S’pore refutes article’s remarks on ministerial pay

Singapore’s High Commissioner to Malaysia, Ong Keng Yong, has refuted the points on ministerial pay made by a veteran Singaporean journalist in a Malaysian English news daily.

In a letter dated Monday to Datuk Seri Wong Chun Wai, group chief editor of The Star, the commissioner gave a response to the opinion piece “PAP mood turns sour over pay cuts” written by Seah Chiang Nee and published by the paper on 7 January.

Below is a copy of the response by Ong in full:

1 In "PAP mood turns sour over pay cuts" (The Star, 7 Jan 2012), Mr Seah Chiang Nee interpreted the ministerial salary cuts recommended by the independent Review Committee as a repudiation of the policy put in place by then Prime Minister Lee Kuan Yew to pay competitive salaries to political leaders.

2 But Mr Seah is mistaken. In fact, the Committee explicitly upheld the principle that ministerial salaries must be competitive with what successful Singaporeans can earn in the private sector, so that people of the right calibre are not deterred from stepping forward to serve the country. While the Committee adjusted the specific formula and absolute level of the salaries in response to a new environment, it also reaffirmed the underlying principle and the reasons for maintaining competitive salaries.

3 Mr Seah is also incorrect in claiming that previous salary revision in 2007 gave ministers in Singapore an average pay rise of 60%. Actual salaries since 2007 have varied with the sharp up and down swings of the economy, and in 2010, the last full year under the previous structure, actual salaries were in fact slightly lower than in 2007. The reduction recommended by the Committee would take salaries about one third below this 2010 level.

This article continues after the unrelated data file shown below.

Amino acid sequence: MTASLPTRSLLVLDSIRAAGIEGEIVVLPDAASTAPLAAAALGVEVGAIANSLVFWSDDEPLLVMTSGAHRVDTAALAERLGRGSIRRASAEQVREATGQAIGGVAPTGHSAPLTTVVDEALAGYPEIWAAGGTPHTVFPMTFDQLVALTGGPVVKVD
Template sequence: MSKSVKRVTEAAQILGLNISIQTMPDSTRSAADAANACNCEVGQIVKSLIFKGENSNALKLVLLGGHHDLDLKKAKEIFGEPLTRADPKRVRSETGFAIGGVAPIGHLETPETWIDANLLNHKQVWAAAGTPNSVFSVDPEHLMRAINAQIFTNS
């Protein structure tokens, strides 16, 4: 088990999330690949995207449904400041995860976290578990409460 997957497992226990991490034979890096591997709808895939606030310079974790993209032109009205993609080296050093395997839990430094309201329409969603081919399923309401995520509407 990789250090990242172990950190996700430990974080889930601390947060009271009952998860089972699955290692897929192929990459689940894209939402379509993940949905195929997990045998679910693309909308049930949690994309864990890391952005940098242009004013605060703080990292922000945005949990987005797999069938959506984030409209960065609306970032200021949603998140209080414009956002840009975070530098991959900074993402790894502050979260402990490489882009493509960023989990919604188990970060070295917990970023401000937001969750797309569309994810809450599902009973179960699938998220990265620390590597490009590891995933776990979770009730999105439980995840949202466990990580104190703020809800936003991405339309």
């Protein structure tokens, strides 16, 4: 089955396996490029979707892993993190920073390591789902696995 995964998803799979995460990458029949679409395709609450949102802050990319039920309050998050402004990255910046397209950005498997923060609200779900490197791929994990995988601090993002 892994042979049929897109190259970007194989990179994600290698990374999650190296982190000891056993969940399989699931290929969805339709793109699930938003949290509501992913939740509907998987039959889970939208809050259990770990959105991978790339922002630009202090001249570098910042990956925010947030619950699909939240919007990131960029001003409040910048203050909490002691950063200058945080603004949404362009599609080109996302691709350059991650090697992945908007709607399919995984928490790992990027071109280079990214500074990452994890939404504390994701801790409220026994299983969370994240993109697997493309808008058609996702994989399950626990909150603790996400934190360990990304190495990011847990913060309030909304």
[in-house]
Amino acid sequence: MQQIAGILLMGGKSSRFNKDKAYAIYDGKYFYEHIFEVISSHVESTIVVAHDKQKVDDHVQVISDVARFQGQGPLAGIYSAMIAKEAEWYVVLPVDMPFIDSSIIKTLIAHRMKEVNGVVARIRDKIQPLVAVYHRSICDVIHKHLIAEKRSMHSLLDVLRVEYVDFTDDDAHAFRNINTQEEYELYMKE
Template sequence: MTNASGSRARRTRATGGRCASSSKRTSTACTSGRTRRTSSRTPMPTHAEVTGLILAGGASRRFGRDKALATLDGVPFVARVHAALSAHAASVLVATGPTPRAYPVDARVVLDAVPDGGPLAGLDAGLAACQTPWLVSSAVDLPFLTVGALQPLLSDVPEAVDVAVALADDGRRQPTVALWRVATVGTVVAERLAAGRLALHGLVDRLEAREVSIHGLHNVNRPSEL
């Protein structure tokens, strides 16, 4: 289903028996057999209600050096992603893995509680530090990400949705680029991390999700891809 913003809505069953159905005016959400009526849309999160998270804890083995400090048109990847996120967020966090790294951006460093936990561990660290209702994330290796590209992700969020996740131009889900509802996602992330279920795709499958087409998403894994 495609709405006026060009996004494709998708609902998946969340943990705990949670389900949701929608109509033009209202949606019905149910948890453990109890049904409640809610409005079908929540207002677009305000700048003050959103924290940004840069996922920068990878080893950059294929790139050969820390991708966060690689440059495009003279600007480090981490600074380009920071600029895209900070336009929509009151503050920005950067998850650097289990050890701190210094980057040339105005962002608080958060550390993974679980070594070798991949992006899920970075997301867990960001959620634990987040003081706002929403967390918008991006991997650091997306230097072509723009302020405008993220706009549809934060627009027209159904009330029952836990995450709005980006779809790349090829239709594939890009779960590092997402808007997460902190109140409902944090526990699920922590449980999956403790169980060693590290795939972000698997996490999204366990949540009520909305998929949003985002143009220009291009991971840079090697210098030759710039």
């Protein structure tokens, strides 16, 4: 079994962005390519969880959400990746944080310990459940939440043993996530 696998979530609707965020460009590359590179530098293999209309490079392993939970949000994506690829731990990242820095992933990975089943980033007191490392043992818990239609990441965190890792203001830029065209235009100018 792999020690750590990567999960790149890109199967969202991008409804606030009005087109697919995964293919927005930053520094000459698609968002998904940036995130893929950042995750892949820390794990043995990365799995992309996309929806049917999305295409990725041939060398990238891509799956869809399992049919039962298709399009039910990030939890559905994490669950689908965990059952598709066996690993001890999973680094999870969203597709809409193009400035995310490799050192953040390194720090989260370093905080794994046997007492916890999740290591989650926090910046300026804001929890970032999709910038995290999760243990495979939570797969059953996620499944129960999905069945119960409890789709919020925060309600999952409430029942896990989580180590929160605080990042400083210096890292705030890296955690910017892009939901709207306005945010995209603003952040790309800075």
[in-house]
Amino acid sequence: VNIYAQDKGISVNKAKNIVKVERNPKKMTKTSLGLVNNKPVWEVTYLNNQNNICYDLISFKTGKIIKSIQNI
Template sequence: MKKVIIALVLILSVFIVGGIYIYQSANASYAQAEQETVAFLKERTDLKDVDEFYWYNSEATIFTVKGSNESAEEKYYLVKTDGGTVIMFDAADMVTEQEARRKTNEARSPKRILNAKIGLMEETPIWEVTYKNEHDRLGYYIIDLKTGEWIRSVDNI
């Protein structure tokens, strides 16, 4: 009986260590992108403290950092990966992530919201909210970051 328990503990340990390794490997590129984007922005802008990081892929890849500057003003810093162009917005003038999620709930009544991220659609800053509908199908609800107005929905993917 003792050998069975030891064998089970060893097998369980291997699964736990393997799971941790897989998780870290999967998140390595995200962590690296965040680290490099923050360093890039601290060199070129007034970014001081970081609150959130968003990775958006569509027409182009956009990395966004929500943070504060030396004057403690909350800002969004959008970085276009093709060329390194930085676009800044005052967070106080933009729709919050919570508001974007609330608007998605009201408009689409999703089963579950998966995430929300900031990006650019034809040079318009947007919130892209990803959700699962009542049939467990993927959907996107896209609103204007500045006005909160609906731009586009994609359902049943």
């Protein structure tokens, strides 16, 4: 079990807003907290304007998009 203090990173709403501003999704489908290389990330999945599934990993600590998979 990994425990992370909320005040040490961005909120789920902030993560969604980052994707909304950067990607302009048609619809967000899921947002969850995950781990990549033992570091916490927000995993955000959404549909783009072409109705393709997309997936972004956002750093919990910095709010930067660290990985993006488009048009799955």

4 Mr Seah acknowledges that "the public is moderately supportive of the measure". However, he goes on to quote several comments from online discussion boards, which he himself admits are "anonymous", but describes them as being "apparently written by unhappy insiders". As a very experienced Singapore journalist, Mr Seah surely knows that he must check his facts and sources, and not take anonymous online chatter at face value. His specific quotation from the Senior Minister of State Grace Fu, whom he wrongly identified as a former Senior Minister of State, in fact, contradicts his claim. Ms Fu was supporting the recommendations of the Committee, but merely cautioning against going too far, lest it makes it harder for a person considering political office.